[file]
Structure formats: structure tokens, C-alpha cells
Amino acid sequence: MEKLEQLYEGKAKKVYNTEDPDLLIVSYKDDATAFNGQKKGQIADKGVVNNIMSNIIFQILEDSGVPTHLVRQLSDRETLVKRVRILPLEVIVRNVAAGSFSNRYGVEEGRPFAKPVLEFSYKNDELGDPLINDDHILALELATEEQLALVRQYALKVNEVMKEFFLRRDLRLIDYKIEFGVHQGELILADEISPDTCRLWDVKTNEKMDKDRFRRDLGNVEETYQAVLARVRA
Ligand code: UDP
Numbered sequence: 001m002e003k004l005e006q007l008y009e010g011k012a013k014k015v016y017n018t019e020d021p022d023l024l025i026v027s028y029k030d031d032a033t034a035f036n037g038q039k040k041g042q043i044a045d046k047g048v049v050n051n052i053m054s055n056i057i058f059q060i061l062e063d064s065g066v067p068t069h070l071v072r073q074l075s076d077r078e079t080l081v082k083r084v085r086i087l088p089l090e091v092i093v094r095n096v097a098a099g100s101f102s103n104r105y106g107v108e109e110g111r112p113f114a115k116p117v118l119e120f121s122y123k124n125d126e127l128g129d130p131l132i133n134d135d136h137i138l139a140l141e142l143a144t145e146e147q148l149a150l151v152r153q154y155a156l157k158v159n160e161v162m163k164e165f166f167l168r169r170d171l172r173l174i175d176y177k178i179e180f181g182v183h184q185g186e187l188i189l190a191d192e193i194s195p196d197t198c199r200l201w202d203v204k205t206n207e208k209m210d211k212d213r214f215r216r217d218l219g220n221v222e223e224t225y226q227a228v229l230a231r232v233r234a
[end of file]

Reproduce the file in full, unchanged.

Structure formats: structure tokens, C-alpha cells
Amino acid sequence: MEKLEQLYEGKAKKVYNTEDPDLLIVSYKDDATAFNGQKKGQIADKGVVNNIMSNIIFQILEDSGVPTHLVRQLSDRETLVKRVRILPLEVIVRNVAAGSFSNRYGVEEGRPFAKPVLEFSYKNDELGDPLINDDHILALELATEEQLALVRQYALKVNEVMKEFFLRRDLRLIDYKIEFGVHQGELILADEISPDTCRLWDVKTNEKMDKDRFRRDLGNVEETYQAVLARVRA
Ligand code: UDP
Numbered sequence: 001m002e003k004l005e006q007l008y009e010g011k012a013k014k015v016y017n018t019e020d021p022d023l024l025i026v027s028y029k030d031d032a033t034a035f036n037g038q039k040k041g042q043i044a045d046k047g048v049v050n051n052i053m054s055n056i057i058f059q060i061l062e063d064s065g066v067p068t069h070l071v072r073q074l075s076d077r078e079t080l081v082k083r084v085r086i087l088p089l090e091v092i093v094r095n096v097a098a099g100s101f102s103n104r105y106g107v108e109e110g111r112p113f114a115k116p117v118l119e120f121s122y123k124n125d126e127l128g129d130p131l132i133n134d135d136h137i138l139a140l141e142l143a144t145e146e147q148l149a150l151v152r153q154y155a156l157k158v159n160e161v162m163k164e165f166f167l168r169r170d171l172r173l174i175d176y177k178i179e180f181g182v183h184q185g186e187l188i189l190a191d192e193i194s195p196d197t198c199r200l201w202d203v204k205t206n207e208k209m210d211k212d213r214f215r216r217d218l219g220n221v222e223e224t225y226q227a228v229l230a231r232v233r234a